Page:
Besides that, there were some little tricks I wasn’t really aware of, so I’ll just mention them here:

  • named parameters can be used not only for constructors but for regular method calls as well:
def rectangle(Map m, Color r) {
  println "$m.width:$m.height $r"

rectangle red, width: 100, height: 200
  • @Immutable Annotation to create immutable classes
  • type aliases through naming imports: import as CN

Testing Containers with TestContainers: There and Back Again

Another very interesting talk was about how to use Docker for integration testing. There is a library called TestContainers which allows the user to create Docker containers in their JUnit based integration tests.

This is super useful, if you have other services as dependencies of your application. Those are normally hard to create manually, but through Docker it becomes a breeze. An example of this would be a Kafka message broker. Your application uses Kafka for async communication, and in your test you want to check if your system successfully creates messages if a customer is created e.g.

Normally because starting and stopping a Kafka cluster is pretty hard, there will be something like a single shared resource that is used throughout the test-suite. But this has some limitations. What about testing failure scenarios of the messaging system? What about concurrent running tests?

Testcontainers solves this problem with the help of Docker. It acts as a JUnit Rule that creates some containers through a nice DSL.

Chatting with the vendors

Besides the talks that were quite informative, I had the chance to have a deep chat with some of the software vendors that had their booths in this pretty big exhibition. Most of the time I spend with CUBA Platform developers (for obvious reasons). We talked about different things regarding the framework.

The first notable thing was the whole messaging infrastructure they will provide in CUBA 6.7. It’s about backend messages, as well as UI events, which allow greater flexibility and looser coupling between the moving parts of the application.

Next they talked about plans to change the way UI controllers are supposed to work. Currently it is required to extend some base class (like AbstractEditor). Then there are certain lifecycle hook methods that can be overridden to put custom logic in place.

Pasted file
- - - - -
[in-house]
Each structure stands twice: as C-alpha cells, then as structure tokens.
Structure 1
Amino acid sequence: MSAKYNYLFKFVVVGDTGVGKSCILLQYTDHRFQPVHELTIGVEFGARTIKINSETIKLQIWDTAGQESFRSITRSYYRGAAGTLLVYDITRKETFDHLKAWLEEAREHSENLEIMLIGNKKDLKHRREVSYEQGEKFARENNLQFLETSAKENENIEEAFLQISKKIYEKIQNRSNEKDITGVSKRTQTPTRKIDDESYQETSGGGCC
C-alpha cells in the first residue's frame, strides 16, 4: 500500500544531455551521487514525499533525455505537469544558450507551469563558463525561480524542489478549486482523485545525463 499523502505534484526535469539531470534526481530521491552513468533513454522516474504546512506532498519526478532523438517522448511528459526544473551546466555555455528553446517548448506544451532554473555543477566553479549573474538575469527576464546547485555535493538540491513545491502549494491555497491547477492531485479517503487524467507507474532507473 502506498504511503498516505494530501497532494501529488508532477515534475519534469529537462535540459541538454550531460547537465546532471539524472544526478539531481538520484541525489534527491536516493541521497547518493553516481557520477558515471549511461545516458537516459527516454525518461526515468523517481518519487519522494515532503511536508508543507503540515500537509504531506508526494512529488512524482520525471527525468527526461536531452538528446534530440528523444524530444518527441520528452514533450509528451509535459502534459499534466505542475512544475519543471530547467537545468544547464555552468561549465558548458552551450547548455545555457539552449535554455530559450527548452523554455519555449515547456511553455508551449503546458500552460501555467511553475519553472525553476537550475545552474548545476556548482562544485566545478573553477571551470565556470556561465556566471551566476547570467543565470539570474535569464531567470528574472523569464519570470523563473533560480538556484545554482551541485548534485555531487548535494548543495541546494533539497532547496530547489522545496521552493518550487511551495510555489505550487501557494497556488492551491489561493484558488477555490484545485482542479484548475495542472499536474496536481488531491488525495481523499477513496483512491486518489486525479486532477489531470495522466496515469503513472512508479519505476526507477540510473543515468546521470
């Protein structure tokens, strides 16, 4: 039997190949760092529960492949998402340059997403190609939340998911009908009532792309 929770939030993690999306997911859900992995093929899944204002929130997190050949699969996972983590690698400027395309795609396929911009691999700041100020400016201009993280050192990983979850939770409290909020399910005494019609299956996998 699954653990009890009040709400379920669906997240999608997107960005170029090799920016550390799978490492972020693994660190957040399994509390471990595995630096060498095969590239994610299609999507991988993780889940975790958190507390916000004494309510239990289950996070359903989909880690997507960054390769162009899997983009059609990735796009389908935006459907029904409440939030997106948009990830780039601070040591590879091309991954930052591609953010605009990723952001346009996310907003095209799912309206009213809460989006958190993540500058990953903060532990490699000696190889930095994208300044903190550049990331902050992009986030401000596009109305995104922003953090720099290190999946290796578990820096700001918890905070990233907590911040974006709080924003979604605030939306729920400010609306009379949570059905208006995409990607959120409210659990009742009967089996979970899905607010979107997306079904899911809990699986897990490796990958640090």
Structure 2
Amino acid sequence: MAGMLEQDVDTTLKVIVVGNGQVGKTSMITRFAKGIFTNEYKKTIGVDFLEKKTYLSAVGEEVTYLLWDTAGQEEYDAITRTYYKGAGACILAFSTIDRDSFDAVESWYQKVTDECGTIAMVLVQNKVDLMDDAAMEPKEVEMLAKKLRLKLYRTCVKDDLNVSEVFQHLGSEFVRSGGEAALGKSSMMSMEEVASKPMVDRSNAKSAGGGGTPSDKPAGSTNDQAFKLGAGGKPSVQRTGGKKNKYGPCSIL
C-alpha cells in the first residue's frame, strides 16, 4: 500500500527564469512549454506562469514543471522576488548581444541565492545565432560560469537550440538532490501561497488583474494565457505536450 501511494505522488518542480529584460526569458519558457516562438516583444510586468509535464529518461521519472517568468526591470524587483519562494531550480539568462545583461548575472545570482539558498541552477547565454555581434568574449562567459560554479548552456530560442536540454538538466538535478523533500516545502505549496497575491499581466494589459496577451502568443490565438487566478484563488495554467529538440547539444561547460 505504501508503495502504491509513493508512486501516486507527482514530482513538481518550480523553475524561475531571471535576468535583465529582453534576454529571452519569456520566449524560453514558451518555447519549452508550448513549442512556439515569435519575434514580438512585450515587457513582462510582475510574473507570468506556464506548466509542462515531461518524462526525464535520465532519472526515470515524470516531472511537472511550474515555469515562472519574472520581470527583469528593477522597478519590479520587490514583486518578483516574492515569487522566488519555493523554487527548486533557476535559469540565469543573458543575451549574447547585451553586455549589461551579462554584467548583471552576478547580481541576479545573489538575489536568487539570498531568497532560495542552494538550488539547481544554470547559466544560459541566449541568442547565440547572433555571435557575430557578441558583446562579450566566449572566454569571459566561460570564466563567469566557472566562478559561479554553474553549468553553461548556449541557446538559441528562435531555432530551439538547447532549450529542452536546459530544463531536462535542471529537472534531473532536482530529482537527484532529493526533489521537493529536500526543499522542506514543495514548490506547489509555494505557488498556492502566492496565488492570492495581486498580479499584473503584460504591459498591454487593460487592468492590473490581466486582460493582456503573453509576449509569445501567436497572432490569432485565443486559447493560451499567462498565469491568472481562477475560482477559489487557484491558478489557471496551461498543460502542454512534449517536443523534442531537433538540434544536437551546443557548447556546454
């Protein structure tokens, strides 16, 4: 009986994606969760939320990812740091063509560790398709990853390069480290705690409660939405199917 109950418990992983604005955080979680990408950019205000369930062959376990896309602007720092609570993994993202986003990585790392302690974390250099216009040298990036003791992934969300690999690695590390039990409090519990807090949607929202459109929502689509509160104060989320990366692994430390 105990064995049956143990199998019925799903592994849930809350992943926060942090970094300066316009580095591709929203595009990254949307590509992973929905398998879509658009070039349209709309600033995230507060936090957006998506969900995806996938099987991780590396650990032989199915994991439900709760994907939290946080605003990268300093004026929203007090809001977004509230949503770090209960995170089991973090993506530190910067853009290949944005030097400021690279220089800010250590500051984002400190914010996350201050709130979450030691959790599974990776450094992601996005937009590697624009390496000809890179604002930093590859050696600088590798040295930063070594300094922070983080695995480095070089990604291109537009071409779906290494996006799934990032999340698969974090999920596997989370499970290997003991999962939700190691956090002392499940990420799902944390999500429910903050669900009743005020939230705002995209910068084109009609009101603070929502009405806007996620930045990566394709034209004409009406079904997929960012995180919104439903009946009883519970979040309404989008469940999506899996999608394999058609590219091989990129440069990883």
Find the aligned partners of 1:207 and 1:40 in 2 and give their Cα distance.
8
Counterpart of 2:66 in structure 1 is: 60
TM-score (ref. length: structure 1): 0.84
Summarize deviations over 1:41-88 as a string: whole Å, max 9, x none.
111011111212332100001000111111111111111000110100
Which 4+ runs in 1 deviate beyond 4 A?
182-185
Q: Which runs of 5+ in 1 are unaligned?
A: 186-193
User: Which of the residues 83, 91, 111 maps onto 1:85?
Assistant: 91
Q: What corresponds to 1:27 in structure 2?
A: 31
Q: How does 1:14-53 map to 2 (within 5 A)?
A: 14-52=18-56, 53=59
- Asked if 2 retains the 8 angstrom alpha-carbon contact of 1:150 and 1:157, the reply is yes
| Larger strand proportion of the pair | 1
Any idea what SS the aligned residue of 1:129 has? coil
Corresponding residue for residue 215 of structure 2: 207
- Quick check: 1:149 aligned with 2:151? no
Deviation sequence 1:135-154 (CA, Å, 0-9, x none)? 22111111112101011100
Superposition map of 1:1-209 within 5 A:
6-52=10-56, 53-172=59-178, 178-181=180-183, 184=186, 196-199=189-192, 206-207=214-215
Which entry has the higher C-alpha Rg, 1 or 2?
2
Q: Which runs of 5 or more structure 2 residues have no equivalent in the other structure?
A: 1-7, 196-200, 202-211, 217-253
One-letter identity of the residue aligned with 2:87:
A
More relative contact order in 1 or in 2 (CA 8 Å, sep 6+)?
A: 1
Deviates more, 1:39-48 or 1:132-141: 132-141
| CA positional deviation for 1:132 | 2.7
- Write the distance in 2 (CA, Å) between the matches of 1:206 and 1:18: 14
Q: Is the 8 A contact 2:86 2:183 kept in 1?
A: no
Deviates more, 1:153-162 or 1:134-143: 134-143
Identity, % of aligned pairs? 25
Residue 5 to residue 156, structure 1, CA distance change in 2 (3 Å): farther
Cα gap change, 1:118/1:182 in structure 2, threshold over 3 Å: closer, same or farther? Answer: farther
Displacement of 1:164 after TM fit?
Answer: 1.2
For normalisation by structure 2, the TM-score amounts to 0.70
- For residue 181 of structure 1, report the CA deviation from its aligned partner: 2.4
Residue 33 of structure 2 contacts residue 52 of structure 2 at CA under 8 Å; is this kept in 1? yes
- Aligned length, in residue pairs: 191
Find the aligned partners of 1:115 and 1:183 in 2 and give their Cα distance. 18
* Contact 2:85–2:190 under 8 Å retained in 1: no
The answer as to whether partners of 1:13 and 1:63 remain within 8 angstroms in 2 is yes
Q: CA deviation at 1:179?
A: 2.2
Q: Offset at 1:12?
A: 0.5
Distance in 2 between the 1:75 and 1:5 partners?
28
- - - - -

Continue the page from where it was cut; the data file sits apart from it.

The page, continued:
It is inspired by Vaadin folks who had a booth at JavaOne as well. They showed some early preview of the upcoming Vaadin 10 and their way on how to glue together your controller logic with the actual UI like this:

@Tag("my-label") // declare which HTML element to use, here a custom element <my-label>
public class Label extends Component {

 public void setText(String text) {
 public String getText() {
   return getElement().getText();

CUBA thinks on switching from the base class approach to a more annotation driven approach where the developer just creates POJOs, and the annotation will create the binding to some XML e.g.

It was kind of interesting to see how these frameworks influence on each other and how they cherry-pick ideas in order to fulfill their customer needs best.

Another interesting vendor was Datadog. It was all about monitoring and analytics of running application. It was pretty impressive how easy it is to setup a monitoring system and what insides can be fetched form a running system.

Besides the raw data, it is only useful if the data can be consumed in a way that makes it easy to get some business value out. Seems that Datadog is doing a pretty good job on it.

There were a lot of other interesting talks and vendors that I did not take the time to participate in. However, this was my little impression of JavaOne 2017. It was a very subjective description, nevertheless I hope you enjoyed the recap.

Mario David

Mario David
Software developer with passion on agile, web and fast development, blogger, father, family guy